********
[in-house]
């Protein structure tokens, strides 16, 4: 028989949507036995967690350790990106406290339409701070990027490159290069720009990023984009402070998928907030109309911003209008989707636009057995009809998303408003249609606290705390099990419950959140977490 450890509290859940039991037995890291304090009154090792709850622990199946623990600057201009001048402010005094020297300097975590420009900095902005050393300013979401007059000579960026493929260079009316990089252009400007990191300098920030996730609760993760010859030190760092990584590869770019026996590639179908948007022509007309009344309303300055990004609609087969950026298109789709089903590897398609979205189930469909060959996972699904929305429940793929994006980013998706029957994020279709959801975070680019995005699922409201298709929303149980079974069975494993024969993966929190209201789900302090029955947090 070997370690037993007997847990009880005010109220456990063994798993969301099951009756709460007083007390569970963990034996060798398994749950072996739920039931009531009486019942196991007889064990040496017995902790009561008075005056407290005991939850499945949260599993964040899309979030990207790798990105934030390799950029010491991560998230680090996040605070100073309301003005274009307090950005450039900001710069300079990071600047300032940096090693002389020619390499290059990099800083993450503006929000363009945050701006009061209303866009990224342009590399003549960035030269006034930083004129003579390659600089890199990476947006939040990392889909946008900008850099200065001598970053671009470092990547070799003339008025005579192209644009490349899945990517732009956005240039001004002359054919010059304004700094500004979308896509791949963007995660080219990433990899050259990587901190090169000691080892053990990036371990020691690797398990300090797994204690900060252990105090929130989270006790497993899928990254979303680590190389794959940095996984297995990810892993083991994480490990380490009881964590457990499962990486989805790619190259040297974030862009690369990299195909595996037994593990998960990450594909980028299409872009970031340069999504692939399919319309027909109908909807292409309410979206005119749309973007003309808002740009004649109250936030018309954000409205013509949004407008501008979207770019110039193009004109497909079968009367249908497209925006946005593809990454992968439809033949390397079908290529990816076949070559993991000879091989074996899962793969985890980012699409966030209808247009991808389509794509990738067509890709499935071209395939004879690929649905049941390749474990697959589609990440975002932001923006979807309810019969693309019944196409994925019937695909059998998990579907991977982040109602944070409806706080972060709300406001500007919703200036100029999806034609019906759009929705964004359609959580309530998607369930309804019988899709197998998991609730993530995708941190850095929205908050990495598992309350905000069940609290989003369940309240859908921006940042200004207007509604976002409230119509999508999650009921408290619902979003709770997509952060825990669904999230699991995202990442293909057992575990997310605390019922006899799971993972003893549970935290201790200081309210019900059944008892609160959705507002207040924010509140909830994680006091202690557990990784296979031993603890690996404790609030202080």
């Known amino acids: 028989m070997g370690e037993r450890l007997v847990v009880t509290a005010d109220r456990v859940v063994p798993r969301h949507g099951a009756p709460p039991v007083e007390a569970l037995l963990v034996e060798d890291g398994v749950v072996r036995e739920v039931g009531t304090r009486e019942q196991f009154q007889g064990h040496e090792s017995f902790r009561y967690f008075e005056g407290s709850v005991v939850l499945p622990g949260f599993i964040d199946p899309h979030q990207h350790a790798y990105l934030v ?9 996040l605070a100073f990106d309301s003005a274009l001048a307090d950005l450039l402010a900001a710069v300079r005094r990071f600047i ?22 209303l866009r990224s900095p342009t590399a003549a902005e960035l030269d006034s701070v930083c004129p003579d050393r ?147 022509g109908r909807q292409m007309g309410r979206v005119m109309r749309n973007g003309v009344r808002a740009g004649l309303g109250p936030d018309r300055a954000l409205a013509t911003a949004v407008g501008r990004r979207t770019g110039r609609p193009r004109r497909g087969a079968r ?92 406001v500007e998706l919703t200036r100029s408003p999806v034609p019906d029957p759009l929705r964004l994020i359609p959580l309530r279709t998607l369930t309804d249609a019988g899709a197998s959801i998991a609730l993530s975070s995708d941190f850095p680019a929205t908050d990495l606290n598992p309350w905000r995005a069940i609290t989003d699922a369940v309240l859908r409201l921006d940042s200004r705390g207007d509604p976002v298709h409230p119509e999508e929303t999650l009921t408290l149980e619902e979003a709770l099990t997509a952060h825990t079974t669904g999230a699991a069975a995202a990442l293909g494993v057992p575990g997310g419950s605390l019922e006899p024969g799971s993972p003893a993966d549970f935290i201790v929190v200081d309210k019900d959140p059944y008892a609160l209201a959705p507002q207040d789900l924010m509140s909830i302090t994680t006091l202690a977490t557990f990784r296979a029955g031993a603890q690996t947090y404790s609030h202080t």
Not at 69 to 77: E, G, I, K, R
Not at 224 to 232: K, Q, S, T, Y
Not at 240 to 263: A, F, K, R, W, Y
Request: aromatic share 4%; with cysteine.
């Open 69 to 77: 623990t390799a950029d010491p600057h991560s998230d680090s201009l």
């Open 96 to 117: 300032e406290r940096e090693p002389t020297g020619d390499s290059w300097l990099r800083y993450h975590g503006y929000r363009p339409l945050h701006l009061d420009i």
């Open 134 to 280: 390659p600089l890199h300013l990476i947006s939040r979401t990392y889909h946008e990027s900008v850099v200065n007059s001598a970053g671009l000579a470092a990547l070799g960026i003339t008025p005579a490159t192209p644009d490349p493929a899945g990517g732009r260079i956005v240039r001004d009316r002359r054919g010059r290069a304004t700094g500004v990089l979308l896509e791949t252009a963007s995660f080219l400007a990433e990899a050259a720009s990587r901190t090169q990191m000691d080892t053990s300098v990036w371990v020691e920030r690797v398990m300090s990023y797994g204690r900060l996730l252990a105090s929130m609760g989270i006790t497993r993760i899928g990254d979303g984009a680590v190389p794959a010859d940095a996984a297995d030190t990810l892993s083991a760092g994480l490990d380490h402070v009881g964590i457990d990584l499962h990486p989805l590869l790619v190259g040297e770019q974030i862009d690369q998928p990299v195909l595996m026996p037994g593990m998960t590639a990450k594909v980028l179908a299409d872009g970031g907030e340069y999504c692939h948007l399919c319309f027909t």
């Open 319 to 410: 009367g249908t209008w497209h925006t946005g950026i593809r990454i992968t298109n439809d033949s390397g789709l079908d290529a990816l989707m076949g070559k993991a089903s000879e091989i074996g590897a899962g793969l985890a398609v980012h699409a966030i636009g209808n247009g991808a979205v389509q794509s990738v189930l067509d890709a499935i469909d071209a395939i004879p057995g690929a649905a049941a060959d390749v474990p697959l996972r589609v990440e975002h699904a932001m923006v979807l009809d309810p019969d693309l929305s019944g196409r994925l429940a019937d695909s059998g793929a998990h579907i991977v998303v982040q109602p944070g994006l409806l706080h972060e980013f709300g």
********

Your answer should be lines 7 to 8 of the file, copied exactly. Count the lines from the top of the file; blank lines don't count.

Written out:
Request: aromatic share 4%; with cysteine.
């Open 69 to 77: 623990t390799a950029d010491p600057h991560s998230d680090s201009l």